Republican Senators sending mixed messages

Sen. John McCain at a recent hearing.

It was big news on Tuesday when Republican U.S. Senator Jeff Flake of Arizona took to the Senate floor to announce that he would not run for re-election, and to attack Donald Trump and fellow Republicans for enabling the Trump administration’s “flagrant disregard for truth or decency” and a “regular and casual undermining of our democratic norms.” Just hours later, however, Flake joined all but two of his Republican colleagues to strike down a new rule from the Consumer Financial Protection Bureau (CFPB) that would have allowed class action lawsuits against financial institutions for predatory and deceptive business practices. This juxtaposition between words and deeds among Republican Senators is sending a mixed message to Americans.

In recent months, two other Republican U.S. Senators — Bob Corker of Tennessee and John McCain of Arizona — similarly have criticized Donald Trump and the direction of the country under his administration, while also voting with Trump almost every time, including the class action lawsuit vote late Tuesday night (McCain’s votes against repealing the Affordable Care Act being a notable exception). Trump has gotten into sparring matches with all three Senators, and has attacked them on his favorite medium — Twitter. Here’s an example from just hours ago today:

Note that Senators Flake, Corker and McCain have one thing in common: their new-found freedom to criticize Trump seems to grow only shortly before they announce that they are retiring, in the case of Flake and Corker, or that they have terminal brain cancer, in McCain’s case. Flake and Corker would likely have faced primary challenges from the Stephen Bannon extreme right wing of the Republican Party. It appears that most Republican Senators are afraid to buck Trump or their party while they still desire a future in the Senate. One exception is Senator Susan Collins of Maine. Collins voted against the Affordable Care Act repeal, and she is not planning to retire from the Senate. Collins did, however, vote with her colleagues to repeal the CFPB class action lawsuit rule on Tuesday night.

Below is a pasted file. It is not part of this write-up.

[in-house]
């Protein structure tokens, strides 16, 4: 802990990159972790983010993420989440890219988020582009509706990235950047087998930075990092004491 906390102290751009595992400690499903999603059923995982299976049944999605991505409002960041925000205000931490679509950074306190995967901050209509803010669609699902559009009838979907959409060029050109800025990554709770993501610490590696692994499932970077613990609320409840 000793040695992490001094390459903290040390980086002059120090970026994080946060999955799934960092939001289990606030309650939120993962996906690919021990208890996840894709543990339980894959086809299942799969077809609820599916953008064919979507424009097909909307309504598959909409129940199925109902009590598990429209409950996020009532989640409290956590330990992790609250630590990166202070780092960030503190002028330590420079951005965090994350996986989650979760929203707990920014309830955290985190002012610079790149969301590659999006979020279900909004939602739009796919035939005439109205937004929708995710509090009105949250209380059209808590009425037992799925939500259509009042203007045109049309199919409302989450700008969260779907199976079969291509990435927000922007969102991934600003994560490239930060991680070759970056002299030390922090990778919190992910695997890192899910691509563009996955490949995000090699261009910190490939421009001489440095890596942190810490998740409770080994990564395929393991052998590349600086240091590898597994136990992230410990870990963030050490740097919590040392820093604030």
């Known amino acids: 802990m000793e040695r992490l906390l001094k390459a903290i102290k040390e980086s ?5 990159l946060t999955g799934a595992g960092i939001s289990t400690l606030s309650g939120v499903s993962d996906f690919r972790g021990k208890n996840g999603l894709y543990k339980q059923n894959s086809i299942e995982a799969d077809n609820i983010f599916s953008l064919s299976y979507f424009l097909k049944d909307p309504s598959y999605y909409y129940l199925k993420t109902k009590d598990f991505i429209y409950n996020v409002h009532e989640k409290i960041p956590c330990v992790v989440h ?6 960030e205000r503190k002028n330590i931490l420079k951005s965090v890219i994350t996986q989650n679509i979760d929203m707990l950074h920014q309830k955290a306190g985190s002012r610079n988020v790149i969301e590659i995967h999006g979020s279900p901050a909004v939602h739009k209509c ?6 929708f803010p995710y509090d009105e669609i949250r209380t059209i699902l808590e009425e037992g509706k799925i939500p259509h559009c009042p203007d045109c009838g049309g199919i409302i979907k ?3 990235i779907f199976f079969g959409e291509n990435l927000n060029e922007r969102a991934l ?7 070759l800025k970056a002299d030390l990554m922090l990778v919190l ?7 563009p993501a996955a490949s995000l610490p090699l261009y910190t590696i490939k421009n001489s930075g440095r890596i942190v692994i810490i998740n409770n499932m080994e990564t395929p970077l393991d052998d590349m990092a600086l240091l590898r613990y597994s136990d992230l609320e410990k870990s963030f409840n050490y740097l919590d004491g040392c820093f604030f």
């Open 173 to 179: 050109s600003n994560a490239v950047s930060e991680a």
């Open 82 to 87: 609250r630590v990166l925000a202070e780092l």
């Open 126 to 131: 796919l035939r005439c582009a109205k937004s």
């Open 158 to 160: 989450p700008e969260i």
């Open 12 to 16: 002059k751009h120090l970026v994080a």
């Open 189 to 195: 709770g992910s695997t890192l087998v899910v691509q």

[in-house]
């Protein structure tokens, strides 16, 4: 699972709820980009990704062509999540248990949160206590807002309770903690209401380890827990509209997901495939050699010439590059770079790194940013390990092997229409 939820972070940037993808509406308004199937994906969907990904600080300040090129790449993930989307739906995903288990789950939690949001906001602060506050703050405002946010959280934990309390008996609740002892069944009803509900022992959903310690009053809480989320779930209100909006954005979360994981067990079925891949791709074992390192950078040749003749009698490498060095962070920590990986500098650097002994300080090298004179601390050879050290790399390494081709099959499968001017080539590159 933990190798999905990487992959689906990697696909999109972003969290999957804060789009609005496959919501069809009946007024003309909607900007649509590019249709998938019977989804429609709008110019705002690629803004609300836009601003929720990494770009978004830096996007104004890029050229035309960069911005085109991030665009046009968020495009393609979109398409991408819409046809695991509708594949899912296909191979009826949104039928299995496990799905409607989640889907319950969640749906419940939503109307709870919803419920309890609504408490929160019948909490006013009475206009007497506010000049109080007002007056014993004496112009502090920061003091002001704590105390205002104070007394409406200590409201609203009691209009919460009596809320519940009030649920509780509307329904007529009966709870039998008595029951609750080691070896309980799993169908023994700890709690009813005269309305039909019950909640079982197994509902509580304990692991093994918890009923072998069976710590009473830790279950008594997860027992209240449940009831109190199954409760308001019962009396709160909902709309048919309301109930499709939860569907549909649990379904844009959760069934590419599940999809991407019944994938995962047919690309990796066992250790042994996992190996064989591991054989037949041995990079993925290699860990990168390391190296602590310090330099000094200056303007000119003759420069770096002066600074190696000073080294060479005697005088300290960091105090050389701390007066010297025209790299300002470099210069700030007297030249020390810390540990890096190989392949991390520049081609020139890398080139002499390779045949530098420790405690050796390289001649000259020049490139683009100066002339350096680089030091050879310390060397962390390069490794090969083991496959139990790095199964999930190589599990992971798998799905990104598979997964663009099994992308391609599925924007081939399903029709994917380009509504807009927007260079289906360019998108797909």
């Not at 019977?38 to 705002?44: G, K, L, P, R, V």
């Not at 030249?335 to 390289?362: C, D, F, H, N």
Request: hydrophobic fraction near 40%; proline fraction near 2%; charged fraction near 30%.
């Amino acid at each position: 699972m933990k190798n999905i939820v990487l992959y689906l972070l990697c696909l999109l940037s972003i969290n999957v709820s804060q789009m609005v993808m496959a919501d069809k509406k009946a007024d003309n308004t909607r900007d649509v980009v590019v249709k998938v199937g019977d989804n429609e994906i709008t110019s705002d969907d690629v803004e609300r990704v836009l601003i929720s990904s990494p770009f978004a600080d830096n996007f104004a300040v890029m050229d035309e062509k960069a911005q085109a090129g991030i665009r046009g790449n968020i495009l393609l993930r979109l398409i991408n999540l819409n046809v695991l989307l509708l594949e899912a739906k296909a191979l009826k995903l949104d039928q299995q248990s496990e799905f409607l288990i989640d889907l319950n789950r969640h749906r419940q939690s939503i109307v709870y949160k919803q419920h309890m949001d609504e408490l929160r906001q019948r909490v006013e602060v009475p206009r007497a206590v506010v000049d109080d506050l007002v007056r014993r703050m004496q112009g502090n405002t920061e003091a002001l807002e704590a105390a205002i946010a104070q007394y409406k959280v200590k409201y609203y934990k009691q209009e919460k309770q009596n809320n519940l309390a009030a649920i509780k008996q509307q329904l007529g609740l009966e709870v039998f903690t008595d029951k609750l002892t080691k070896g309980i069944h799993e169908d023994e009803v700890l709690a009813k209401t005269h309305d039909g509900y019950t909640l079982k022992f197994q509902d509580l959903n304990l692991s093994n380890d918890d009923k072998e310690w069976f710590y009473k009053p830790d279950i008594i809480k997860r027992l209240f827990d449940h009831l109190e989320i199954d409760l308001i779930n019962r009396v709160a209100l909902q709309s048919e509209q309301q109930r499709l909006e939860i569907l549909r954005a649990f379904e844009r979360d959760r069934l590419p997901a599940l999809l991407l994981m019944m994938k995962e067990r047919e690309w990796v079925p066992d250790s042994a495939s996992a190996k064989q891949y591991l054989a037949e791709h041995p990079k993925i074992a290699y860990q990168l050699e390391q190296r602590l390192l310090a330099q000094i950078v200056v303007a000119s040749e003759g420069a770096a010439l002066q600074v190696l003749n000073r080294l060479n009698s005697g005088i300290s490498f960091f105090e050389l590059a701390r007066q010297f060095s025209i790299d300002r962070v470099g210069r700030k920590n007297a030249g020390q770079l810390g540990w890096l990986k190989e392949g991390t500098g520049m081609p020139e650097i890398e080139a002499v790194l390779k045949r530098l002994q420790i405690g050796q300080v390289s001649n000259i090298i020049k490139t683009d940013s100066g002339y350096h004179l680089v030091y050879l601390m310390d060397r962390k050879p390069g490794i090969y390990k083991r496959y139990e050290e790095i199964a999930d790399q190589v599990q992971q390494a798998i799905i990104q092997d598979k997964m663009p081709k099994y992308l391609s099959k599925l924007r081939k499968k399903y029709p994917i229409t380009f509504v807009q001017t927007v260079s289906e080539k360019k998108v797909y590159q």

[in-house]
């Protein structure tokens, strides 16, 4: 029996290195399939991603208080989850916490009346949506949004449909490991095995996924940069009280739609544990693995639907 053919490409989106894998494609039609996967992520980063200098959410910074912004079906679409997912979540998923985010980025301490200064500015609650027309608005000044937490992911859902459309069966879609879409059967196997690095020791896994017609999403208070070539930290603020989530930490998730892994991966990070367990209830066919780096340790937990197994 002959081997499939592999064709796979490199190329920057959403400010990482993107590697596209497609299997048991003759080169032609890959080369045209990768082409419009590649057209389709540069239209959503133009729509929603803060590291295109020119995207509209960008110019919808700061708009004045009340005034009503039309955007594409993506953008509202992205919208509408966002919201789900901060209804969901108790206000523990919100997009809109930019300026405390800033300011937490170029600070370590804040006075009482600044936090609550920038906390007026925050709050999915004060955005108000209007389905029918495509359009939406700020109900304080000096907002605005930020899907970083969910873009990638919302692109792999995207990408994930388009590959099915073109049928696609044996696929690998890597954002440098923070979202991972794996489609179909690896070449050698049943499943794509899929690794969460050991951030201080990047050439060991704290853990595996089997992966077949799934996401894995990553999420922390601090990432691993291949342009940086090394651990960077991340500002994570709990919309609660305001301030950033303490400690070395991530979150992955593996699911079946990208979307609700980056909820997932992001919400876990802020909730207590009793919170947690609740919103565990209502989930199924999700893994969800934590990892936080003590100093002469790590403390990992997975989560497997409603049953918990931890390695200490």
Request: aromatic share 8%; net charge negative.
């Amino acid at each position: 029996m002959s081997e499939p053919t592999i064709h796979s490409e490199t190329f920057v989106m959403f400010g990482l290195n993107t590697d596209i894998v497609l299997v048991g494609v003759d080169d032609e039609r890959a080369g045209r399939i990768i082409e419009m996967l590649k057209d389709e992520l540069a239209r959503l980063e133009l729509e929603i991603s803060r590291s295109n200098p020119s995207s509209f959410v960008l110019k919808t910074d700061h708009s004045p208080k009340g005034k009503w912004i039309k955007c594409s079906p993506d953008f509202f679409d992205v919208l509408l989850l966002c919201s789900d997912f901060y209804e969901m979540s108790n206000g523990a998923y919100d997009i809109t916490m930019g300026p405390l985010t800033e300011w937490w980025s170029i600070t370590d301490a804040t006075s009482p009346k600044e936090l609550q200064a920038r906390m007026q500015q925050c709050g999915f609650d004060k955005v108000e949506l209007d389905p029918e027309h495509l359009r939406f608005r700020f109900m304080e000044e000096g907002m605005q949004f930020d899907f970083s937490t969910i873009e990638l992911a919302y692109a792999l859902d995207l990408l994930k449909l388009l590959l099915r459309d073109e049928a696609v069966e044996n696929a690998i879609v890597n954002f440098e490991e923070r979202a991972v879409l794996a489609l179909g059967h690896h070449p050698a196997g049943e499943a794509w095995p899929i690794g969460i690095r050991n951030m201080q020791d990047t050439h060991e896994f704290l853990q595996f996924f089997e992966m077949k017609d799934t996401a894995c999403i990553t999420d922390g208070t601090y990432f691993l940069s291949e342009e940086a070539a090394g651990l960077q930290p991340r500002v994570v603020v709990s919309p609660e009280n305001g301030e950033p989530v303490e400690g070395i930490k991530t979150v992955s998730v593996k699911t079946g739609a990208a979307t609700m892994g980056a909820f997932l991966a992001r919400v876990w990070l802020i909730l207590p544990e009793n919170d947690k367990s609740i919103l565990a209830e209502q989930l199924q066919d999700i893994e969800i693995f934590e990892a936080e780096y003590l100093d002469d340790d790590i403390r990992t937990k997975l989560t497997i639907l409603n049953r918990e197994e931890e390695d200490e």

The lesson for voters here is that, while Republican Senators might garner splashy headlines by criticizing Donald Trump, it’s not their lips we should be reading, but rather, their hands as they raise them to vote.

Photo by Chairman of the Joint Chiefs of Staff, used under Creative Commons license. https://is.gd/l7ydS1

 

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